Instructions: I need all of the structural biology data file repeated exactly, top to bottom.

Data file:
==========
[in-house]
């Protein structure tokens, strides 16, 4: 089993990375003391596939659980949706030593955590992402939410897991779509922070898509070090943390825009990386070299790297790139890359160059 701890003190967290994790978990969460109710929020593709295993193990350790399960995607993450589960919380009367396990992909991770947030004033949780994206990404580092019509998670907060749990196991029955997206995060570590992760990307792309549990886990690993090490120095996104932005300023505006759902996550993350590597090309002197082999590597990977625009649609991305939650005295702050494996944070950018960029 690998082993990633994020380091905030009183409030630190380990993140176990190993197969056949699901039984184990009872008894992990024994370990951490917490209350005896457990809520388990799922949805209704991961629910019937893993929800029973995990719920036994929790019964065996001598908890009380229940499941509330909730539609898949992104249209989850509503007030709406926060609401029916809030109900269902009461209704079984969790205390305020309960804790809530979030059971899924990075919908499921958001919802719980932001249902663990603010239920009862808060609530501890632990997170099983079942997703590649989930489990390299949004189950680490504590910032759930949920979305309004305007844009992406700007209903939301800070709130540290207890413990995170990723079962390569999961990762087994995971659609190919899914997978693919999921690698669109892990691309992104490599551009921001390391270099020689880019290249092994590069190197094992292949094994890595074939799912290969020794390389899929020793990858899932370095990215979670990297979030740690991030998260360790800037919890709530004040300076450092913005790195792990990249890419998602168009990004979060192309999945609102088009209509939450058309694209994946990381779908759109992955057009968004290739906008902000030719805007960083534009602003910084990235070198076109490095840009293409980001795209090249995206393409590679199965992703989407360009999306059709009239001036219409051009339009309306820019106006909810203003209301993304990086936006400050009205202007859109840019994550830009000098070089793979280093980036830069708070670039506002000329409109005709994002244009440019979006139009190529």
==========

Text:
[in-house]
């Protein structure tokens, strides 16, 4: 089993990375003391596939659980949706030593955590992402939410897991779509922070898509070090943390825009990386070299790297790139890359160059 701890003190967290994790978990969460109710929020593709295993193990350790399960995607993450589960919380009367396990992909991770947030004033949780994206990404580092019509998670907060749990196991029955997206995060570590992760990307792309549990886990690993090490120095996104932005300023505006759902996550993350590597090309002197082999590597990977625009649609991305939650005295702050494996944070950018960029 690998082993990633994020380091905030009183409030630190380990993140176990190993197969056949699901039984184990009872008894992990024994370990951490917490209350005896457990809520388990799922949805209704991961629910019937893993929800029973995990719920036994929790019964065996001598908890009380229940499941509330909730539609898949992104249209989850509503007030709406926060609401029916809030109900269902009461209704079984969790205390305020309960804790809530979030059971899924990075919908499921958001919802719980932001249902663990603010239920009862808060609530501890632990997170099983079942997703590649989930489990390299949004189950680490504590910032759930949920979305309004305007844009992406700007209903939301800070709130540290207890413990995170990723079962390569999961990762087994995971659609190919899914997978693919999921690698669109892990691309992104490599551009921001390391270099020689880019290249092994590069190197094992292949094994890595074939799912290969020794390389899929020793990858899932370095990215979670990297979030740690991030998260360790800037919890709530004040300076450092913005790195792990990249890419998602168009990004979060192309999945609102088009209509939450058309694209994946990381779908759109992955057009968004290739906008902000030719805007960083534009602003910084990235070198076109490095840009293409980001795209090249995206393409590679199965992703989407360009999306059709009239001036219409051009339009309306820019106006909810203003209301993304990086936006400050009205202007859109840019994550830009000098070089793979280093980036830069708070670039506002000329409109005709994002244009440019979006139009190529």